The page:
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Engineering a secretion-based, high-titer protein production process in bacteria


Protein production is a growing, multi-billion dollar industry that supplies tailored enzymes, such as those used in pharmaceuticals, detergents, textile manufacturing, and environmentally-friendly chemical production. New methods, utilizing bacteria as "protein factories", have the potential to dramatically reduce manufacturing costs and the development time for new protein products. A critical barrier to realizing these benefits is identification of a cost-effective way to separate desired functional proteins from the remaining contents of their host cells. Secreting protein products directly out of the cell is a promising method toward this goal. This work proposes to engineer a protein secretion system in a laboratory strain of bacteria, Salmonella enterica, for efficient and low-cost production of proteins. Success would produce a path for agile design and production of proteins for a number of industries. Moreover, this work will train students at all levels for careers in biotechnology, as the investigators will participate in programs bringing cutting-edge science related to this work to the general public via museums, community talks, and science festivals. <br/><br/>Controlled transport of proteins from the inside of the cell to the outside is a challenge that nature has overcome in several ways, but that scientists have yet to fully explore. This proposal focuses on engineering the type III secretion system of Salmonella enterica to secrete non-native proteins at high quantity and low cost. The specific objectives are to 1) increase the protein yields achieved with bacterial production and secretion, 2) optimize control over the secretion process to enable scale up to industrial scales, and 3) develop a suite of molecular biology tools for the high-throughput production of a broad set of proteins. Transforming the type III secretion system to enable efficient production of desired proteins will improve understanding of the mechanisms governing this process. Such information is critical not only to molecular biologists as they construct a detailed picture of cellular function, but also to synthetic biologists who wish to engineer organisms with greater levels of complexity and extracellular interaction than previously possible. This work will result in new constructs, protocols, and strains to be shared with other scientists for protein production at both the industrial and research scales.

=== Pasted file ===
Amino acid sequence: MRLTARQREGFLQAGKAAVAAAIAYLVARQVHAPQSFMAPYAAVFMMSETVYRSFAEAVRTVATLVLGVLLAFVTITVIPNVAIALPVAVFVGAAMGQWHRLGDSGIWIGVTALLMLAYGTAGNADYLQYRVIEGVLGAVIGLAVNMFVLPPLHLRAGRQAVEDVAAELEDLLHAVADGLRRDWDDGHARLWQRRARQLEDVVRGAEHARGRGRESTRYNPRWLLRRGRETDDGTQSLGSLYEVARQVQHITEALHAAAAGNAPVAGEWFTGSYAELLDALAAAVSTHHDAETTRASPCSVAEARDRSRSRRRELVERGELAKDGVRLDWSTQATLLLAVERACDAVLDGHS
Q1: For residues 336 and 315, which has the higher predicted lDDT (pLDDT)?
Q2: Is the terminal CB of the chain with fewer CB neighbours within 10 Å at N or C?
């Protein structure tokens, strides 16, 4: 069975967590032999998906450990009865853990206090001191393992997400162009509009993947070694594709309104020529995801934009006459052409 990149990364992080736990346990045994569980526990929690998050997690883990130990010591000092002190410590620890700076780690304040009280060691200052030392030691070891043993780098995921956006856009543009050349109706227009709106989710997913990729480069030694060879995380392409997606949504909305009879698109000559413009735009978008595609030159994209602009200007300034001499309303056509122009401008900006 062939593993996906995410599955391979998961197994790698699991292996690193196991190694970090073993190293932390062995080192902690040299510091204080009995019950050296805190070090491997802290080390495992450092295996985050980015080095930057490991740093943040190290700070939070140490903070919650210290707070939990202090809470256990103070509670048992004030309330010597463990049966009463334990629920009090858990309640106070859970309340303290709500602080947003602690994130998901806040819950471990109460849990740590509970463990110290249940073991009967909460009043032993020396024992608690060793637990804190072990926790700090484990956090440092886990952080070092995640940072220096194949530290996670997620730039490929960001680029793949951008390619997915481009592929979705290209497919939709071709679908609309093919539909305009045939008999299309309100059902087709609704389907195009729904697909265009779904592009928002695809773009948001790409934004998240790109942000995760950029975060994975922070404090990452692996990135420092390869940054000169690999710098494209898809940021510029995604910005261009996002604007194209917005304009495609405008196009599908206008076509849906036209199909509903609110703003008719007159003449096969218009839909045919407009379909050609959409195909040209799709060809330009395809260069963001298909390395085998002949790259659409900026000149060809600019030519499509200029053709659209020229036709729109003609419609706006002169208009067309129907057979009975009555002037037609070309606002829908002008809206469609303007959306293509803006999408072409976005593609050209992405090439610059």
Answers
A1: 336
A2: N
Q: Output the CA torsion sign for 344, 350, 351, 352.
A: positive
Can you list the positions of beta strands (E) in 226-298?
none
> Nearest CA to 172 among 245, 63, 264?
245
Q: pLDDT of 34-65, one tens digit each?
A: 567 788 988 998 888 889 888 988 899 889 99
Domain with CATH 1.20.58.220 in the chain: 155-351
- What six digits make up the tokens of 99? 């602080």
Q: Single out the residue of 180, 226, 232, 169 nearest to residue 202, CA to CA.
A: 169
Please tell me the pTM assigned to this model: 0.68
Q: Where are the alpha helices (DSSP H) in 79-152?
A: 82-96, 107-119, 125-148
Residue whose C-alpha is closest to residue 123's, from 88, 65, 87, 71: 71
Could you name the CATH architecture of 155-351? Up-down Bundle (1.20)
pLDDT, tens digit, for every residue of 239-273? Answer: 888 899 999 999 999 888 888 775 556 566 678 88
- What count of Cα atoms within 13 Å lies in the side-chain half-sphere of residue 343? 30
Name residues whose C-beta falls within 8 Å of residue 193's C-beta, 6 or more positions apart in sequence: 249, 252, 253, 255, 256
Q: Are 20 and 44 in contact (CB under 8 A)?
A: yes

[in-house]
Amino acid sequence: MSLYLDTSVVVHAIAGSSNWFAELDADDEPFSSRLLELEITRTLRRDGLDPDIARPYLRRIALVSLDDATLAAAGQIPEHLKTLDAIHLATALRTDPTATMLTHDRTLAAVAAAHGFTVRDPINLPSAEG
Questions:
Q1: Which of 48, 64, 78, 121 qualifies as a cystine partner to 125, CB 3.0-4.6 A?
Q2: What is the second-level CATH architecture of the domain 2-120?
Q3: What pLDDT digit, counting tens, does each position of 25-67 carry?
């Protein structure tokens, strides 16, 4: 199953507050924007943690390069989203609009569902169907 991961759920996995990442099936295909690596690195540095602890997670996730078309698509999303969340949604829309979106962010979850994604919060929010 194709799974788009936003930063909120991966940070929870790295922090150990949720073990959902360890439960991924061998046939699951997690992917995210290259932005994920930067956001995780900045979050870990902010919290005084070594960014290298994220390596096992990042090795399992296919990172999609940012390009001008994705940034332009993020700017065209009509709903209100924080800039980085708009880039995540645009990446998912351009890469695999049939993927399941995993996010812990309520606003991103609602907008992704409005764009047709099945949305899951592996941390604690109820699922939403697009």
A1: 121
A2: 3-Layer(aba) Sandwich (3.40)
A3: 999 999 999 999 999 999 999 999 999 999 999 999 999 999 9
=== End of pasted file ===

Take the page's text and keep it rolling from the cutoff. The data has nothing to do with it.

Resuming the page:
Tullman, Danielle
Northwestern University
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